Officials look to bring in money

COLUMBUS, Ohio – Local officials and state lawmakers from Eastern Ohio are continually searching for ways for area municipalities to cash in on the oil and gas explosion.

After all, this is where the action is taking place.

Recently, Ohio Rep. Jack Cera introduced H.B. 134 and while the legislation is in its infancy, if passed, it would go a long way to helping local cities and towns.

H.B. 134’s premise is to “amend section 743.05 of the Revised Code to allow a municipal corporation to transfer funds received under contracts for the sale of water for use in well stimulation to the general fund of the municipal corporation.”

As it currently stands, any money made by a city or town’s water department must stay within the water department fund.

This is true no matter the state of the water fund nor the state of the municipality’s general fund.

H.B. 134 would change that should a particular community have and subsequently take advantage of the ability to sell water to fracking companies.

“It grew out of a meeting I had with (Cathy Davison) the city manager in Steubenville,” Cera admitted. “It basically amounted to finding other revenue sources for the cities for the oil and gas development.

“It would give local governments the ability to take some of the money generated by the sale of water for general fund purposes.

“A lot of these communities’ water funds are flush with water while the general fund is struggling.”

Some towns, like Barnesville and Martins Ferry, have sold mineral rights to companies, receiving sizable checks in the process. Not every town is as fortunate to have the excess land.

Most of the revenue local governments have gained locally from the industry, thus far, has come in the form of sales tax.

The towns don’t receive that directly. What Cera and his seven co-sponsors are trying to accomplish is provide municipalities the ability to find others way to pump dollars into the general fund.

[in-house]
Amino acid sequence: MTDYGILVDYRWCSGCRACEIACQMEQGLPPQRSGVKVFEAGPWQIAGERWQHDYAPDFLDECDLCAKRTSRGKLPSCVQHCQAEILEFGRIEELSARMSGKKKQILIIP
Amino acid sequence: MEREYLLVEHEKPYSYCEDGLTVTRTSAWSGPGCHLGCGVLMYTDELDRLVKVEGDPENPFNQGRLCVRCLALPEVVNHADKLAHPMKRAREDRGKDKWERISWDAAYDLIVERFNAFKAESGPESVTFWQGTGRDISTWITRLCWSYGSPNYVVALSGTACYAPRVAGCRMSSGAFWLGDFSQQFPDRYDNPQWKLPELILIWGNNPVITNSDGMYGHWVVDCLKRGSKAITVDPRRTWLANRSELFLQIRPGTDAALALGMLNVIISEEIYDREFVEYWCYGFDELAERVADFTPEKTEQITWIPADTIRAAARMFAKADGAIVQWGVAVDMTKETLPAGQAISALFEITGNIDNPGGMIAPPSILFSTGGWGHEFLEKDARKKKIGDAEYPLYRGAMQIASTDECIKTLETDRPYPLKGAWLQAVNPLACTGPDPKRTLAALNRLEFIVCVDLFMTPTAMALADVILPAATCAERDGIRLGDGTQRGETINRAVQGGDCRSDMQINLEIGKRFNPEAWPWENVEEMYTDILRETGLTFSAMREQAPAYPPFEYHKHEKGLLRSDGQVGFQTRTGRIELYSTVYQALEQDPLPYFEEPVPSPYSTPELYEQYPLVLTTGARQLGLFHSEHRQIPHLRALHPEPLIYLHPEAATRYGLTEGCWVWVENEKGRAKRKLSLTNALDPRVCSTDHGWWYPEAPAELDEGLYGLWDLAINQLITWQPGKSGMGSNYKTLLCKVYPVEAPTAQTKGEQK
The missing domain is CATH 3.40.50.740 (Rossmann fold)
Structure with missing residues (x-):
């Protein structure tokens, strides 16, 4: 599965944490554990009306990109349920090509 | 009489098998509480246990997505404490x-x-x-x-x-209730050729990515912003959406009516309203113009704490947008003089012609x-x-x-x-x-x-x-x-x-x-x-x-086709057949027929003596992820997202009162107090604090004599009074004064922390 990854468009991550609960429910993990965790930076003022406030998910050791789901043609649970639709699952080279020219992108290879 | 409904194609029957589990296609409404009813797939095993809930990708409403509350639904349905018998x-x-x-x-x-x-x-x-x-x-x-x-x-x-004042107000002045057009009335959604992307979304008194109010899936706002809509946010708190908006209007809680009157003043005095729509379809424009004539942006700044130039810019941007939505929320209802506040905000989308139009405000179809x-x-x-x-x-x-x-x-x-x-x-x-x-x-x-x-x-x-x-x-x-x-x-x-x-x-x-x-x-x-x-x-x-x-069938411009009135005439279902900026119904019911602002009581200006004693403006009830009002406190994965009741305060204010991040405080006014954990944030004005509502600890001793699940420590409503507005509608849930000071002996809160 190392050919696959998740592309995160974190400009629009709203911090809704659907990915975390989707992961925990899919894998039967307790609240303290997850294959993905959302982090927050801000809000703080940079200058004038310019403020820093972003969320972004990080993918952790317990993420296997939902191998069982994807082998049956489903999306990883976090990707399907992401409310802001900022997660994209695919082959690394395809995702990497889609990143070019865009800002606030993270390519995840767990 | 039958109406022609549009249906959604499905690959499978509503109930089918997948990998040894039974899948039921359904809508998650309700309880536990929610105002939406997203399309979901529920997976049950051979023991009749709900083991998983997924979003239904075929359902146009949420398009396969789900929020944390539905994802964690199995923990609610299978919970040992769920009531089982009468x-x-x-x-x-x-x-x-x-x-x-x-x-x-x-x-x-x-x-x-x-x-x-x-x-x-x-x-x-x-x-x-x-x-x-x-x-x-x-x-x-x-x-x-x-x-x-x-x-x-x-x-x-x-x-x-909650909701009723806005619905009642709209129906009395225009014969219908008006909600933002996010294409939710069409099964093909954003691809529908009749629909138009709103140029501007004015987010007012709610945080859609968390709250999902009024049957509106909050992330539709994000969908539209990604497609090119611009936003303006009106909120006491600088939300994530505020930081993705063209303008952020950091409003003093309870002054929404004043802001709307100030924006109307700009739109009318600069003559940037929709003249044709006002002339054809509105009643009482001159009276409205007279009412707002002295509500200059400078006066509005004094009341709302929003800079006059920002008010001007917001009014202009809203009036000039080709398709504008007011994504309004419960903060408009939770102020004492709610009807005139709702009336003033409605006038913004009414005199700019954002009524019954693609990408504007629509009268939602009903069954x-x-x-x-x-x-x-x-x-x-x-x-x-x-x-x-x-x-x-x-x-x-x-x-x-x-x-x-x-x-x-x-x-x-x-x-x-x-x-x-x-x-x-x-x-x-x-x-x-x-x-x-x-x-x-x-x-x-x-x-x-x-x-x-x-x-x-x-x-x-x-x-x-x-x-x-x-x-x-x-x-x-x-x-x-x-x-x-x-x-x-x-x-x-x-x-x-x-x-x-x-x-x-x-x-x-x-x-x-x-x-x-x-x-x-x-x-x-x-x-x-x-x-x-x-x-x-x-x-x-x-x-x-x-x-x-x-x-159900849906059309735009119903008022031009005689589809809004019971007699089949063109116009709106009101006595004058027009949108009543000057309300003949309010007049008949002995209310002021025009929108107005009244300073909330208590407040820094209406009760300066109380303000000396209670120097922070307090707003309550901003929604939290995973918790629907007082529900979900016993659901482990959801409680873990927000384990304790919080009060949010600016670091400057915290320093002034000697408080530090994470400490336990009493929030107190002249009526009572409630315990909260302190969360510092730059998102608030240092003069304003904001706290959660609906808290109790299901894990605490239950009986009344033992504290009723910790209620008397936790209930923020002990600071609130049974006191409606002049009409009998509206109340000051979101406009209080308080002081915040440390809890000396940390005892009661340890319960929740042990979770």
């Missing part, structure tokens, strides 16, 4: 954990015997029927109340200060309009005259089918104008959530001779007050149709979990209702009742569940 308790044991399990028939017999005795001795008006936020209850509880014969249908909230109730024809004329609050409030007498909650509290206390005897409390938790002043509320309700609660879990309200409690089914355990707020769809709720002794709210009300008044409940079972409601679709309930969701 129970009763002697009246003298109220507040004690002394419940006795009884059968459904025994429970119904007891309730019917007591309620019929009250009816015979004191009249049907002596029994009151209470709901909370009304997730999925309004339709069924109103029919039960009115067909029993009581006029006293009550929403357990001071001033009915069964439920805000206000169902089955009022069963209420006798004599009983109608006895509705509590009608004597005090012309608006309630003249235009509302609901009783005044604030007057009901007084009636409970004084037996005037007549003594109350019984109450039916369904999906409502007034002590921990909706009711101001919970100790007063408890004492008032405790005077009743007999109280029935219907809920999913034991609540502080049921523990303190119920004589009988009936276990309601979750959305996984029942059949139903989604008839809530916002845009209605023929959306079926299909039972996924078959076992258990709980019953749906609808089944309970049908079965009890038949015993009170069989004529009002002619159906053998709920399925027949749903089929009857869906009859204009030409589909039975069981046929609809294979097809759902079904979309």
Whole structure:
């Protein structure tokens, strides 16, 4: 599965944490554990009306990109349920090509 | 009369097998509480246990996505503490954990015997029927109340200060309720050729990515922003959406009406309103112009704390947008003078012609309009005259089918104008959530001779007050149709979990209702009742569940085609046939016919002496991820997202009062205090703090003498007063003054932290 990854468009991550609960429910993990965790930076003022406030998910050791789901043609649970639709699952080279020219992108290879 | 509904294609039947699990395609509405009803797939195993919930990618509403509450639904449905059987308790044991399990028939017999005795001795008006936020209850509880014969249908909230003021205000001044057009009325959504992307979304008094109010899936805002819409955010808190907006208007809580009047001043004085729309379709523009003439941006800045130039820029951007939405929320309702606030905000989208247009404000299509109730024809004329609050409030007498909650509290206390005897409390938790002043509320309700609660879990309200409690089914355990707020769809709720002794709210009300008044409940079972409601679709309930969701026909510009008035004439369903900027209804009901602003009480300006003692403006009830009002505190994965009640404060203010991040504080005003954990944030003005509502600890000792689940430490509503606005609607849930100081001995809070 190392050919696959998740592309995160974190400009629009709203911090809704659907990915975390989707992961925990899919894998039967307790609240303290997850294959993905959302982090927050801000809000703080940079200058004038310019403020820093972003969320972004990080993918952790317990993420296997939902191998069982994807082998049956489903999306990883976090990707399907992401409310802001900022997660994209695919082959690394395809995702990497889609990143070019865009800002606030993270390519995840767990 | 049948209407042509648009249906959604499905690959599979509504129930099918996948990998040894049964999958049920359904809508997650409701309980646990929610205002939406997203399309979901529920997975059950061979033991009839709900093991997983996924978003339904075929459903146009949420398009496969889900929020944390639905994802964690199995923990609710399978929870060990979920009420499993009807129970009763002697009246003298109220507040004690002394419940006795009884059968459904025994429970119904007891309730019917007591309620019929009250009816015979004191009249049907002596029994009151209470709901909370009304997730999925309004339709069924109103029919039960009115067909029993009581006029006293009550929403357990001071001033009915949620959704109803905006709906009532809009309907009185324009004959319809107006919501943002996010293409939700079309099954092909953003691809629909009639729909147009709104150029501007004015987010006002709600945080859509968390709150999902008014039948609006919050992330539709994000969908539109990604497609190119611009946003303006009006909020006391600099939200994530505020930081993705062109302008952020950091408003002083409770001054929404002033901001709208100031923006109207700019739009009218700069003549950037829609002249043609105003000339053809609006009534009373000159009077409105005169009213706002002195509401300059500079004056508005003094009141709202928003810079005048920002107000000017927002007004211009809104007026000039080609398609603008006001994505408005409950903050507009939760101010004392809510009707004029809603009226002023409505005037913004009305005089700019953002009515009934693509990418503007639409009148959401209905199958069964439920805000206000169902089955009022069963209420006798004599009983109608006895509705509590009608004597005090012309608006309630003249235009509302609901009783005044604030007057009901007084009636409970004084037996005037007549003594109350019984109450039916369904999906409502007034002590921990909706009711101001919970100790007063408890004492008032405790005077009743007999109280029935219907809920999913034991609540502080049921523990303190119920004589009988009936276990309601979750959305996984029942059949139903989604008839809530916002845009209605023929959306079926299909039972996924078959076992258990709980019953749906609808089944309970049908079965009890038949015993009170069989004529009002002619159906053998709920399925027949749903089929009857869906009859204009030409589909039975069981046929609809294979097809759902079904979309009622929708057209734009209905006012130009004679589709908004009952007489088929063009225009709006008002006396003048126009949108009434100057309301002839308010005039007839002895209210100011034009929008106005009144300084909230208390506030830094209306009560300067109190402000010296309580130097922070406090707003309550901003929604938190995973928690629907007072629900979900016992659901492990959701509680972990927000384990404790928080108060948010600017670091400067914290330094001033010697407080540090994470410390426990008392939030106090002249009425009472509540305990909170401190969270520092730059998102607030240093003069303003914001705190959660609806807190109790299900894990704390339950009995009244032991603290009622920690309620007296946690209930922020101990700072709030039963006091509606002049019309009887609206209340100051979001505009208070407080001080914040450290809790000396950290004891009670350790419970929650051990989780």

This is paramount given the continued decrease in local government funding coming out of Columbus.

Currently, not many towns have major contracts, if any, with companies seeking to purchase water.

The transportation costs for trucking water from town out to the well site can be expensive. But once well sites are being placed closer and closer to towns like Martins Ferry and Bellaire, those same companies are going to move past the general inquiry stage into the purchasing stage.

“We’ve talked to some companies but the expense in water is the transportation,” Martins Ferry Mayor Paul Riethmiller said. “We’ve had some preliminary conversations with people.

“They’d actually prefer to run a water line right out to the well site.

“But right now, they are drilling out in the country and don’t want to truck that water all the way out.”

When the time comes, Riethmiller said Martins Ferry is positioned nicely to be a leader in water sales for fracking purposes.

The town’s water plant is operating at about 40 percent capacity of what it’s capable of providing. The city has eight wells and only three are running currently.

“We have plenty to sell if anyone is interested, whether that is raw or treated water.”

Because of the replacement of two filter beds at the plant and the numerous water line breaks plaguing the city, any water sold in Martins Ferry would need to be put back into the water fund.

But towns like Bellaire, for instance, could benefit greatly.

When clerk Tom Sable gave the state of the city’s finances a few months ago, the water department seemed to be doing fine and Village Administrator Dan Marling and his crew’s efforts at recouping water debt owed to the village has proven fruitful.

The general fund, however, is another story. The police department has received one raise during the last decade and given current general fund totals, that isn’t likely to come any time soon.

The selling of water, under the new regulations that H.B. 134 would create, would be a boon to the village’s general fund.

Hughes may be reached at